They also keep their points very well and are razor sharp. I can often go all day using the same hook, which saves a lot of time during a match. The slightly in-turned point also goes in and stays in, meaning very few fish manage to come off as I swing them in. 

The shape is interesting, especially for maggot fishing, The tear drop shaped bend makes them brilliant for maggot fishing. The bait sits on the bend, staying put and not getting moved around when you miss a bite, meaning that I have the confidence to let the rig run through if I miss a bite. 

A great hook for pole or running line fishing for silvers, but with plenty of strength should you hook a bonus chub or big perch. The Sphere Match hook has quickly become a favourite and has more than earned it place in my box. 

Available in sizes 8 to 18, either in packs of 15 loose hooks or pre-tied in packs of 8.

Tom Noton

My choice for maggot and caster fishing.

These hooks have a nice wire gauge, but are very strong.

"My choice for maggot and caster fishing."

Chopped Worm for Big Perch

First Published in English.


It’s all down to location

The most important part in catching a big bag of perch from any venue is simply down to location and a couple of winters back, during a match, I drew one off the flyer, an end peg on one of my club stretches on the Kennet and Avon Canal near Hungerford. Ever since watching the lucky angler that drew this peg who proceeded to take over 30lb of big perch I’ve been meaning to return, well today is the day!

The early bird…

If you want to get the best swim then you have to arrive early, set the alarm well before dawn, park up in darkness and start setting up as the sun rises. Fortunately today I’ve been blessed with a respite in the recent wet weather but looking at that sky, I’m on limited time before the rains arrive, the only downside is most of the swim is covered with leaves.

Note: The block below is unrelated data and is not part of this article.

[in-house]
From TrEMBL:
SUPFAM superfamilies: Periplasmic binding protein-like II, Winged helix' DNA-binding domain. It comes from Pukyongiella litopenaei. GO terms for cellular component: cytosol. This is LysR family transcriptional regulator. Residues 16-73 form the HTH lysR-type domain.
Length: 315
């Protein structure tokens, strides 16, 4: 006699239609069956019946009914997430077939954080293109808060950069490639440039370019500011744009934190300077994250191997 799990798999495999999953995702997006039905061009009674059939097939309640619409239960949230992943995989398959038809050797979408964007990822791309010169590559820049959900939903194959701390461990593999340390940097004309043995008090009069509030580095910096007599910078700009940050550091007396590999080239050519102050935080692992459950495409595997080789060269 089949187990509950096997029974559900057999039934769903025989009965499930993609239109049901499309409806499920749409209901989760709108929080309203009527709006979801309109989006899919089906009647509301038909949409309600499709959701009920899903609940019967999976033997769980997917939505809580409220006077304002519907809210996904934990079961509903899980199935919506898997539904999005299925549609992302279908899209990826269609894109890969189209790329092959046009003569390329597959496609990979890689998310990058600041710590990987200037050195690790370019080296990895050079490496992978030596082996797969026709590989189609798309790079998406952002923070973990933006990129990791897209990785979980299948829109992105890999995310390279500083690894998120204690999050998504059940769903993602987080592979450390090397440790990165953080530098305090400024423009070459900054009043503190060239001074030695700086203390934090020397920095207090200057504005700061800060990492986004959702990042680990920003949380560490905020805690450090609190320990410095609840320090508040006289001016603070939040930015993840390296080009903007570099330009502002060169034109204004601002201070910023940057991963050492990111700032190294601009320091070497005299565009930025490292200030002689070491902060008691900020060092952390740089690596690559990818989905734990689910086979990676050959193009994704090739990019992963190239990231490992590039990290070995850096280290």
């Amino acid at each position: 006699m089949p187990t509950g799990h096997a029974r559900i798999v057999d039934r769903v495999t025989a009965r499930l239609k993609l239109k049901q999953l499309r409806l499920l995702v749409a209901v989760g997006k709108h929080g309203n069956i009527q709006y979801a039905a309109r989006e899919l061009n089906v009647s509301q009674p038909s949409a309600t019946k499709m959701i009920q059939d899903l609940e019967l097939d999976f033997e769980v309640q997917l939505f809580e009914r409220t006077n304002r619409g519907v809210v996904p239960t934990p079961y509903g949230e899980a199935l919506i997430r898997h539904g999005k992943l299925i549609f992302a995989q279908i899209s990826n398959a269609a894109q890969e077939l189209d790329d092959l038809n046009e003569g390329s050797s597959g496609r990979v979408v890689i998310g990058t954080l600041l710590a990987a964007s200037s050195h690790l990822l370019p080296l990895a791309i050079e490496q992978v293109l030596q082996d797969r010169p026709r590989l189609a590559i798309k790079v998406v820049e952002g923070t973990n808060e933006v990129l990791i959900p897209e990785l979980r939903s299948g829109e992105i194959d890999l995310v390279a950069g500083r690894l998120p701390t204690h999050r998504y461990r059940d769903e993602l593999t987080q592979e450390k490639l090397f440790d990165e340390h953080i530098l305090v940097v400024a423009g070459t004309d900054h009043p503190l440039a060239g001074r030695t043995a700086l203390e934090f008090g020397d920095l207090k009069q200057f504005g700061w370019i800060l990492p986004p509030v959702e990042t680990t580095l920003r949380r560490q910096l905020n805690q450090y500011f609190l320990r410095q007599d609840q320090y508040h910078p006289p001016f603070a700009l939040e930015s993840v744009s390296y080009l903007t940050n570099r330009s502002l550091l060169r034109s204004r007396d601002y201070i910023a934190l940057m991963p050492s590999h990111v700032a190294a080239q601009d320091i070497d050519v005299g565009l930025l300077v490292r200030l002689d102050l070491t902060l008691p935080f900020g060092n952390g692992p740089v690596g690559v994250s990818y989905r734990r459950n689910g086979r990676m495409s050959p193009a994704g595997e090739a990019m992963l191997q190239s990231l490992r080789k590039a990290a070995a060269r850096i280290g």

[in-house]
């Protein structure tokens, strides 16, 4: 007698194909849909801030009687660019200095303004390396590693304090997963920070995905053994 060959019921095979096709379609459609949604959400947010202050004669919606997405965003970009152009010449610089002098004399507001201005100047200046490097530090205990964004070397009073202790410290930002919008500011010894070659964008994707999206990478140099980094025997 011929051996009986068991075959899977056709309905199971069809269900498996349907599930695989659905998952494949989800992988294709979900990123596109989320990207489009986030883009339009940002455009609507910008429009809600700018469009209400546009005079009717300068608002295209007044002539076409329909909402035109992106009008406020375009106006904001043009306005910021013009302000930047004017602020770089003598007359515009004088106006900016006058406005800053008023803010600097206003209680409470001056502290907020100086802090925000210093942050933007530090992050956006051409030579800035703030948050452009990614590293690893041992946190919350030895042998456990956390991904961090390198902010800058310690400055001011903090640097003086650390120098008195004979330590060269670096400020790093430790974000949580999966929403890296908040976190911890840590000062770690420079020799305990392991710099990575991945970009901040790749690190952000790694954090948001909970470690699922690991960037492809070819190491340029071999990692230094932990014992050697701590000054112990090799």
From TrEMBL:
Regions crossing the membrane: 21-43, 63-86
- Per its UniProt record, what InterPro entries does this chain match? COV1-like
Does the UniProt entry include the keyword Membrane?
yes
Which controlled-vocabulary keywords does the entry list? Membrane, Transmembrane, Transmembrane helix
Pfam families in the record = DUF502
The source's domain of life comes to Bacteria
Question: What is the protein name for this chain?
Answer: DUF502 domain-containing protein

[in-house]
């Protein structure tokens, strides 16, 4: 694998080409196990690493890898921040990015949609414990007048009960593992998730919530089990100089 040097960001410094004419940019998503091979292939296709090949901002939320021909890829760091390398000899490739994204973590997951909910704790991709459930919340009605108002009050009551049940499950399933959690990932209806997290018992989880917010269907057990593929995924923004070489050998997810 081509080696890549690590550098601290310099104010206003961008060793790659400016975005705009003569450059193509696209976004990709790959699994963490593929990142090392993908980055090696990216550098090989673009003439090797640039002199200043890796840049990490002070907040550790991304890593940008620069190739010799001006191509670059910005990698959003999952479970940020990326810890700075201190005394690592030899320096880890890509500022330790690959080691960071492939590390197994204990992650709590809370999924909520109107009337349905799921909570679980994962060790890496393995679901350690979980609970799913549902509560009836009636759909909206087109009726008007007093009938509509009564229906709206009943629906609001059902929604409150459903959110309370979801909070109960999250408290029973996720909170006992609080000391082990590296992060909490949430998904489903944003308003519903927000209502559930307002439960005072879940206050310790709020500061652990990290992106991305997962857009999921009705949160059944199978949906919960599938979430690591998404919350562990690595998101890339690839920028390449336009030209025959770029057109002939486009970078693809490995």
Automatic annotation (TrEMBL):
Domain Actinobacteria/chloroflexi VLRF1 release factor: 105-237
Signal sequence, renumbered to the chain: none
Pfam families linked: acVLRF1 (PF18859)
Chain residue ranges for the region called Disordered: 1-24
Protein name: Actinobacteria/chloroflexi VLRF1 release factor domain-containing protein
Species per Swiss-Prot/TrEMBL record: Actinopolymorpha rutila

Canal craft

First job is to get the box set up nice and stable in the marginal vegetation, mix a little groundbait, plumb up a few areas and get some bait in to activate each line. I’ve settled on three lines, one at 8m where I’ve cupped in a couple of balls of groundbait made from a 50/50 mix of Champion’s Method Black Roach and Quick Skimmer which I pushed through a fine riddle a couple of times. My second line, slightly to my left at 11m, just on the downside of the far bank shelf and close to a line of rushes is prepped with a couple of cupfuls of chopped worm and casters and my final line at 13m is right across on top of the shelf just under the cover of the far bank overhanging bushes. 

Roughly chop your worms for big fish.

A great canal combination.

Fluoro Carbon, almost invisible in the water.

You don’t need many of these to build a good weight.

"The early bird catches the perch."

Start off with two cupfuls of bait.

To my mind, the best pole on the market. 

These big perch certainly give you the run around. 

It’s not rocket science

As for tackle I’m using my trusted Sphere Zero-G F1+ Pole and although each line is slightly different regarding elastication and end rig, the one that is producing after rotating each line is the chopped worm and caster one. The rig for this is relatively simple and consists of Stretch 7 Blue 1.90mm Hollow Elastic, 0.12mm Cenex Hybrid Power line containing a 4×14 pole float, with a four inch Cenex 0.13mm Fluoro Carbon Hook Line and a Sphere size 16 Match Hook. Nothing fancy regarding shotting, just a bulk of no8 12’from the hook and a couple of tiny droppers spaced equally to the hook with the whole rig fished an inch over depth. 

Reasons for

A couple of things worth pointing out is although I’m using a hook length that is of a wider diameter that the mainline, its breaking point is slightly less, the reason for the wider hooklink is its created from Fluoro Carbon, a material that fish find almost impossible to see, something when fishing for sight feeders such as perch is very important. I’ve also set up my pole roller down the edge so I can side ship my pole in and out without upsetting other canal tow path users and the Black Magic Double Width 60 Roller with its extendable legs allow just that!